The action of MCH was determined by its injection into the lateral ventricles of rats, which were then found to become hyperphagic (5). Also, the ob/ob−/− mouse was found to have increased mRNA levels of the preprohormone of MCH, and this was similar to the increase in the mRNA of the established orexigenic hormone neuropeptide Y (6). Subsequent investigations proved that MCH and the anorexogenic α-melanin–stimulating hormone functionally counteracted each other in their effect on food intake, although MCH did not act as an antagonist to the α-melanin–stimulating hormone receptor, MC4R (7). Viable homozygous MCH knockout mice were generated, and these MCH-deficient animals were found to have a reduced body weight and were lean because of a combination of hypophagia and an increased metabolic rate (8). MCH’s role in energy homeostasis was also demonstrated by the MCH gene being a requirement for the ob/ob−/− mouse to express its extreme obesity phenotype (9). A double-null mouse, negative for both the leptin and MCH genes, was found to have a reduction in body fat. Although the hyperphagia of the ob/ob−/− persisted, this was offset by a marked increase in energy expenditure at rest and increased locomotor activity.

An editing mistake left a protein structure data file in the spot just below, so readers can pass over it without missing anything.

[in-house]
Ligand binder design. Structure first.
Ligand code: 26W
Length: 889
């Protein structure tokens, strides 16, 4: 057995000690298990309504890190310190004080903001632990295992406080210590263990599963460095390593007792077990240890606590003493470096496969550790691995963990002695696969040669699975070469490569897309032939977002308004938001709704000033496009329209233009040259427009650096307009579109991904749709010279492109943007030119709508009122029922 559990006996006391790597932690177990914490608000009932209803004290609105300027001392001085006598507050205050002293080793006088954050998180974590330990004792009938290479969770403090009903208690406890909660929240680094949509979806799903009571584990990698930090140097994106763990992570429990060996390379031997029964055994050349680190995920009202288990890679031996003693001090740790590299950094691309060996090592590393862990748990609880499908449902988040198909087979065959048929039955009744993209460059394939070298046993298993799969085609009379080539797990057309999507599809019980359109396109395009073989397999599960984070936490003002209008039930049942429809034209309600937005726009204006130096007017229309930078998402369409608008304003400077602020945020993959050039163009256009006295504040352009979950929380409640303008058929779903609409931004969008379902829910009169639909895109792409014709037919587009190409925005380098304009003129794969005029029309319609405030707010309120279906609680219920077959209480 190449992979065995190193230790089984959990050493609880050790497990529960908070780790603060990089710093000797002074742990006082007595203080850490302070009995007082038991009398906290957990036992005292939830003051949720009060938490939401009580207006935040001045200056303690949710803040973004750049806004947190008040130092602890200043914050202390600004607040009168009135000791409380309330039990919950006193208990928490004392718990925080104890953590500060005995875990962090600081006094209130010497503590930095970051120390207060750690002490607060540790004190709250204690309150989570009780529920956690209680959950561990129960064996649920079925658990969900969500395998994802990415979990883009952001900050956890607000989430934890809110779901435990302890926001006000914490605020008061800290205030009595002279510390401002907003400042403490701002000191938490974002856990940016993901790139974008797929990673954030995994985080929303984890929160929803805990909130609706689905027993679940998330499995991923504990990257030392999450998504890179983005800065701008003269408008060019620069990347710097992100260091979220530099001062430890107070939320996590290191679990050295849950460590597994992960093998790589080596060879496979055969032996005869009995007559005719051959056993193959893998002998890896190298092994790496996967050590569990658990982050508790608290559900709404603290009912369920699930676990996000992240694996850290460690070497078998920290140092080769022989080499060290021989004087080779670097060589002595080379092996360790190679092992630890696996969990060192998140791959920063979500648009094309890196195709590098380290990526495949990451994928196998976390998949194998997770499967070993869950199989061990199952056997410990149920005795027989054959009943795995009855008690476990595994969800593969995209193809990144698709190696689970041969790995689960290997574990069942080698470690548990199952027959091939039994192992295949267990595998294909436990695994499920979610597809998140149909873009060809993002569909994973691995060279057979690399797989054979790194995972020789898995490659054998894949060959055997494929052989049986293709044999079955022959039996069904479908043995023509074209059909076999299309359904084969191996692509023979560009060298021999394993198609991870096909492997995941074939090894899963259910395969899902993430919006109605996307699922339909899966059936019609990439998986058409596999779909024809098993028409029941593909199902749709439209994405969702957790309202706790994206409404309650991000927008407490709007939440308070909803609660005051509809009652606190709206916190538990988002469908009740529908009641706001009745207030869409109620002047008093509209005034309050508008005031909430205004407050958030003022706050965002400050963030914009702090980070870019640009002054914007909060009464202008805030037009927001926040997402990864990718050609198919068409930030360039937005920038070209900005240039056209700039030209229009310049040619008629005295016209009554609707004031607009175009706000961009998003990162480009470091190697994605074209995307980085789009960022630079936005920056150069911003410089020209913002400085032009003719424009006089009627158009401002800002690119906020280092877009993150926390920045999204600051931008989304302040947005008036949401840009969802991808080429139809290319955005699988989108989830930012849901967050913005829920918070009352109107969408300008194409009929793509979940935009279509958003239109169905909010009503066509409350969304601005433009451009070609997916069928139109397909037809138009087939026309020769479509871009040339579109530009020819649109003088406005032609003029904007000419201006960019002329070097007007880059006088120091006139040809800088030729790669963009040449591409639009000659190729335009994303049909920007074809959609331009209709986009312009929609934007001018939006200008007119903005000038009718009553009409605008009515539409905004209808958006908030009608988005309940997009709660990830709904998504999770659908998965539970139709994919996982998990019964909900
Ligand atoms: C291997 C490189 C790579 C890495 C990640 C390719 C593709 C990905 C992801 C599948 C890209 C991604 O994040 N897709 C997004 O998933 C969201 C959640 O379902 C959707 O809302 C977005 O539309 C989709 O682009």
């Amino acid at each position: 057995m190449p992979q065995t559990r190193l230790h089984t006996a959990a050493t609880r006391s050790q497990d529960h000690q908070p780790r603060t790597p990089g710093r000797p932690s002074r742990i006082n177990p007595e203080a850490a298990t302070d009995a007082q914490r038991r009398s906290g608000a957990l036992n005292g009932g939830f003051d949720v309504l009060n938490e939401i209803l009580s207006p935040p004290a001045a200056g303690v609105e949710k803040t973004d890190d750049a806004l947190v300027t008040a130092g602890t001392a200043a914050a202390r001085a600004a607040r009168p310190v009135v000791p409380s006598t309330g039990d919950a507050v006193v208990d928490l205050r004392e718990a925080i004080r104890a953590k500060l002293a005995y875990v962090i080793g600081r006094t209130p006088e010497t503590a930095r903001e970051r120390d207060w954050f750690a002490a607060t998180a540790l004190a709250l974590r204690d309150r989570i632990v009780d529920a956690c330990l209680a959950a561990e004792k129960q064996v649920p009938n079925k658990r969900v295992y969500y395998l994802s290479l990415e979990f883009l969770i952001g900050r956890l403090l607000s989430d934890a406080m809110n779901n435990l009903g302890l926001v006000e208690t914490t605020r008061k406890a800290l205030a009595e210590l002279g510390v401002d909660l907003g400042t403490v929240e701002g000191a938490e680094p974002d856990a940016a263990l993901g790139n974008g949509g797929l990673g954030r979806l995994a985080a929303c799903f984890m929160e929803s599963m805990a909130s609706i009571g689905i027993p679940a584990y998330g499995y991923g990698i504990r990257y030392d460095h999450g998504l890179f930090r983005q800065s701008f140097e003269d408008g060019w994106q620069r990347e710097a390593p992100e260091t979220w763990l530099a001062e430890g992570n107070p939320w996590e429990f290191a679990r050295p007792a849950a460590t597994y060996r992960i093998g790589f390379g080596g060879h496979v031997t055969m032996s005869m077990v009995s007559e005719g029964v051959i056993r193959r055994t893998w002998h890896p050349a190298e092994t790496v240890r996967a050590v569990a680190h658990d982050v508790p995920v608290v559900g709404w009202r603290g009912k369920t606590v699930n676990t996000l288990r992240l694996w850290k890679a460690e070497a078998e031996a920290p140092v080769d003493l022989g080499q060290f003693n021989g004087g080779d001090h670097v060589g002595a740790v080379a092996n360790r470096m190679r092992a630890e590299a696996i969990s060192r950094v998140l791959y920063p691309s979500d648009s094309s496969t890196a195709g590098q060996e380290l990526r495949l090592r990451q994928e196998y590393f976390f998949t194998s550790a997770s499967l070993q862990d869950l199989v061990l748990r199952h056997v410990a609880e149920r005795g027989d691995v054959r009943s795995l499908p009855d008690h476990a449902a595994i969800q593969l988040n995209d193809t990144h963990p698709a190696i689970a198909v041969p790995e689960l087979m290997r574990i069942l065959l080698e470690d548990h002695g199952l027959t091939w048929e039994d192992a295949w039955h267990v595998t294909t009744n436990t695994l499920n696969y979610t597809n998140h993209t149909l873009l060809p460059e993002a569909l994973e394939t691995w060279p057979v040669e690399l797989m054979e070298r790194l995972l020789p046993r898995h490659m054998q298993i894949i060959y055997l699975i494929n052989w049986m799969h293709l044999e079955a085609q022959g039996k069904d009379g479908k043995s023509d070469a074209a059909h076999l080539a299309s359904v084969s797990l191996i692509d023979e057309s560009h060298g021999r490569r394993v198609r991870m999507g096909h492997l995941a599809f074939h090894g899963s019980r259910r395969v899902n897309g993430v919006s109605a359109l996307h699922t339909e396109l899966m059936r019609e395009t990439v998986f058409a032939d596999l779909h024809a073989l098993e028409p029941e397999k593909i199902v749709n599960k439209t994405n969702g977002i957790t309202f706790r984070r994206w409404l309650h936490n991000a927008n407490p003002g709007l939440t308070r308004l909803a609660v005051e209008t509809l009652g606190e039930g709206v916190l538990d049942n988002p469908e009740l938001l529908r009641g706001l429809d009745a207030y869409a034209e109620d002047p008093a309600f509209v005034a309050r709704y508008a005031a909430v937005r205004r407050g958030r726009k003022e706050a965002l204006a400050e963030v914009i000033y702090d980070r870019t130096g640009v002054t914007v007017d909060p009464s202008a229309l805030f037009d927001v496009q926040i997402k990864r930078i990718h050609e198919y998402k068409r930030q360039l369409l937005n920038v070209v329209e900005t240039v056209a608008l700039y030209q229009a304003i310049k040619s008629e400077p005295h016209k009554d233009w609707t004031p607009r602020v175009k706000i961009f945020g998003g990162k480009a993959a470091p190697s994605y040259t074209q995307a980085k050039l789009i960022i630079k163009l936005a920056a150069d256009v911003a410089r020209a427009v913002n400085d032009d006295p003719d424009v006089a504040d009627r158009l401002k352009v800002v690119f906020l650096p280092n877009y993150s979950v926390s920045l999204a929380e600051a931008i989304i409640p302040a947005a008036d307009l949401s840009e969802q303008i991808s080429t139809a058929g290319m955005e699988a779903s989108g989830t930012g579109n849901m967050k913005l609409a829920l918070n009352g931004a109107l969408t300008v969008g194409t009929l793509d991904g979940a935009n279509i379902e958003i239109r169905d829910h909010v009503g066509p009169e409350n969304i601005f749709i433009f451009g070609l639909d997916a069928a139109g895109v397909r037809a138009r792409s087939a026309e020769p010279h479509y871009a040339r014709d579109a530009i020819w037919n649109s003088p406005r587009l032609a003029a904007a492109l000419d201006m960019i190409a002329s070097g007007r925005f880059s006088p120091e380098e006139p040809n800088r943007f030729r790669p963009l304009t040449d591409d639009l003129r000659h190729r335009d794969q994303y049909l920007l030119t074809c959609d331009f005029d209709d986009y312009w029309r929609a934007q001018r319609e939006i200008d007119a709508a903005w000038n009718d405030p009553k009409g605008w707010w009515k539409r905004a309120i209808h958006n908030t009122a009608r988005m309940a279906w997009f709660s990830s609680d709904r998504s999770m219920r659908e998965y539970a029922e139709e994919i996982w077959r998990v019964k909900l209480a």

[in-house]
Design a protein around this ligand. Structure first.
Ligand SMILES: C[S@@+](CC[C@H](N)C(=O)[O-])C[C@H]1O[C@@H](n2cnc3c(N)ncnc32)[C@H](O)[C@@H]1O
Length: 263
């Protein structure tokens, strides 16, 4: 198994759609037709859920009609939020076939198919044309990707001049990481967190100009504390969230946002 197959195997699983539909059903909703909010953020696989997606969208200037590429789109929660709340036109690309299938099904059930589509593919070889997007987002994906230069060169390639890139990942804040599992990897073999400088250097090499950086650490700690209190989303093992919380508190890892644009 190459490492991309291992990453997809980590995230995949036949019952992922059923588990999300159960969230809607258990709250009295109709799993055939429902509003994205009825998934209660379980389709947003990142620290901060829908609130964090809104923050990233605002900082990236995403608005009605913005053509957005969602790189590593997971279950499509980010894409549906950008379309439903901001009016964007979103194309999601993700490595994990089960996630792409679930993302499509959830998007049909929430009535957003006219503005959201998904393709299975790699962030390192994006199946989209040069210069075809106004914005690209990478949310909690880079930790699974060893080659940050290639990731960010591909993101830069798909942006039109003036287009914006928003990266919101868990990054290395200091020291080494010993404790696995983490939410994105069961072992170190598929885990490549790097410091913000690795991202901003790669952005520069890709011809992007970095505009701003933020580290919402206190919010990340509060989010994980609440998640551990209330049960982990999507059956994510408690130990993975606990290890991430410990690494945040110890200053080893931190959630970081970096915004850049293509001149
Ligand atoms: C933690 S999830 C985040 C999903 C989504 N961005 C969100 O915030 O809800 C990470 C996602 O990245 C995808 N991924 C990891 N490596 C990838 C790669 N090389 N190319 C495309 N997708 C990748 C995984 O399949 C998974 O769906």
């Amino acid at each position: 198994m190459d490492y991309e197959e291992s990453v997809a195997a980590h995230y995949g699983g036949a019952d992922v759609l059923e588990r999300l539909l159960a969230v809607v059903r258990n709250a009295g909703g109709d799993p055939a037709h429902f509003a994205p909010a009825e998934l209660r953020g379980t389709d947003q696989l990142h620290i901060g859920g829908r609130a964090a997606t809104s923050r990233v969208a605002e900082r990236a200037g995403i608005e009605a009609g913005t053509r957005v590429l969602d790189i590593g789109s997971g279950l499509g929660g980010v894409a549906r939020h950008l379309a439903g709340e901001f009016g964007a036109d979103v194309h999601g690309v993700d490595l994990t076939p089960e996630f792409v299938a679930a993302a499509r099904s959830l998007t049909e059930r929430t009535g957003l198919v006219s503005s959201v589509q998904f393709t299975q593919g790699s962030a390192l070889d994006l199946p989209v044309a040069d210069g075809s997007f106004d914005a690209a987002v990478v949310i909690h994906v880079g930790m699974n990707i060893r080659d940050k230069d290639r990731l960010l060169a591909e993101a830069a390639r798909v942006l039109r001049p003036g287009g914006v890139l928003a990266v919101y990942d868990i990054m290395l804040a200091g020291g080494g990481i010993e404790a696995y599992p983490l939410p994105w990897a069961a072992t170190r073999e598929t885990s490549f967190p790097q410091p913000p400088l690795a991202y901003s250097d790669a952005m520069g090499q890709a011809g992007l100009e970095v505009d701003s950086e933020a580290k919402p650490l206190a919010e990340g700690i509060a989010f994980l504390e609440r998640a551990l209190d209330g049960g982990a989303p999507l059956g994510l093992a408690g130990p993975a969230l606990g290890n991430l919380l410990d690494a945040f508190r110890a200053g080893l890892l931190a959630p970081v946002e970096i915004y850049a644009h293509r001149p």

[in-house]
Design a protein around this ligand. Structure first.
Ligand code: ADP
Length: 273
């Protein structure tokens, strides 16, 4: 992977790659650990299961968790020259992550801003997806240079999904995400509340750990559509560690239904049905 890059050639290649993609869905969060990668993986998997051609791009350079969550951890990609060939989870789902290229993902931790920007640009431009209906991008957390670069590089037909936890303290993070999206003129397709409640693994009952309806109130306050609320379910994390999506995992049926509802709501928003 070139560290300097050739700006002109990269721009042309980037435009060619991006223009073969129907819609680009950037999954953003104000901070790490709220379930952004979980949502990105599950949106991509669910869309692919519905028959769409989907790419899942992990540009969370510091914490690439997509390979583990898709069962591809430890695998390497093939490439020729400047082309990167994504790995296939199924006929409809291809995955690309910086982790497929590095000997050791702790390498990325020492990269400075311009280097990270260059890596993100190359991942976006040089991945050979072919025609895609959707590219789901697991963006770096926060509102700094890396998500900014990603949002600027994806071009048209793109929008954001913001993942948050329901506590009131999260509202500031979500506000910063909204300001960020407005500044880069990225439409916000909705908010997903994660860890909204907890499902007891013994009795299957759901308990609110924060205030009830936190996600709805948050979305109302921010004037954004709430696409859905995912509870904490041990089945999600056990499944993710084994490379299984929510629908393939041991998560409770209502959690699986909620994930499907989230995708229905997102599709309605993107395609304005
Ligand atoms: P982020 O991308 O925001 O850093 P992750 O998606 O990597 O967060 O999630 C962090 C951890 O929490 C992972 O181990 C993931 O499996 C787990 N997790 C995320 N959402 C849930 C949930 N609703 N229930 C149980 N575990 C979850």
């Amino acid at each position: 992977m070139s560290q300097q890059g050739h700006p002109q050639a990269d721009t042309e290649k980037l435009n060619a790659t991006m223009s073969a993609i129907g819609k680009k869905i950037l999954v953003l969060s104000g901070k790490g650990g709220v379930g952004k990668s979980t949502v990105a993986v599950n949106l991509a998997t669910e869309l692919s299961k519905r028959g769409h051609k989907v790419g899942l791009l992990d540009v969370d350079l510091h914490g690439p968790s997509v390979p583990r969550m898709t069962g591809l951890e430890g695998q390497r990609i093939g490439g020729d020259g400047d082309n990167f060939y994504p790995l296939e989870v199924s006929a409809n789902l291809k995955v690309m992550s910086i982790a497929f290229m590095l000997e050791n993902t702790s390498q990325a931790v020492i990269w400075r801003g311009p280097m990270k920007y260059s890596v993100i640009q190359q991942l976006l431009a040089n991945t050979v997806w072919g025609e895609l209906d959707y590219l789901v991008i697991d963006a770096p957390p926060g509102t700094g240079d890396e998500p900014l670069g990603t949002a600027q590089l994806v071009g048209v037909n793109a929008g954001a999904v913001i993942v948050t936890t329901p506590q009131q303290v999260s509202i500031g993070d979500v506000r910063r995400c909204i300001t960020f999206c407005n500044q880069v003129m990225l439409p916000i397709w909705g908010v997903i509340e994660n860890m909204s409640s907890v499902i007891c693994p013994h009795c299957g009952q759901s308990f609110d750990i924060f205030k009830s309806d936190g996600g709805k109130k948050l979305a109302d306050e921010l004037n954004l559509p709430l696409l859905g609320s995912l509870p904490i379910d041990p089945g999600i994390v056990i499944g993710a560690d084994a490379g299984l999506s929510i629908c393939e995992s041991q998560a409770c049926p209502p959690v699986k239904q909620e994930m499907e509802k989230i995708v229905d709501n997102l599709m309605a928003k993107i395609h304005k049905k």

The orphan human G-protein–coupled receptor number 24, previously known as somatostatin receptor–like protein 1, was identified as the receptor for MCH (MCHR1) (10). Homozygous MCHR1 knockout mice were generated and found to be lean, hyperactive, hyperphagic on normal diet, less prone to dietary-induced obesity, and to have an altered neuroendocrine profile (11). Hyperactivity appeared to be the cause of the leanness and the reduced susceptibility to obesity. A selective high-affinity antagonist for the MCHR1 receptor was then reported, called SNAP-7941 (12). Administration of this molecule to rats inhibited the orexigenic effect of centrally administered MCH and produced a decrease in body weight and food intake in both normal and diet-induced obese animals. In addition to the anorectic effects of antagonizing this receptor, experimental evidence of antidepressant and anxiolytic actions were also found (12). Due to their ubiquitous role in the communication between a cell and its environment, the G-protein–coupled receptor family has been a successful drug target for a plethora of diseases from cardiovascular to psychiatric disorders (13). A possible role of less severe variants of genes responsible for the monogenic forms of obesity has been hypothesized for polygenic common obesity, as has been found in type 2 diabetes with the monogenic mature-onset diabetes of the young–1 hepatocyte nuclear factor 4-α gene’s involvement in susceptibility for the polygenic disease (14). Evidence for this with initial candidates in obesity such as leptin, leptin receptor, and MC4R is not strong, though a rare single nucleotide polymorphism (SNP) in the proopiomelanocortin gene has been found to be associated with childhood obesity in various populations (15).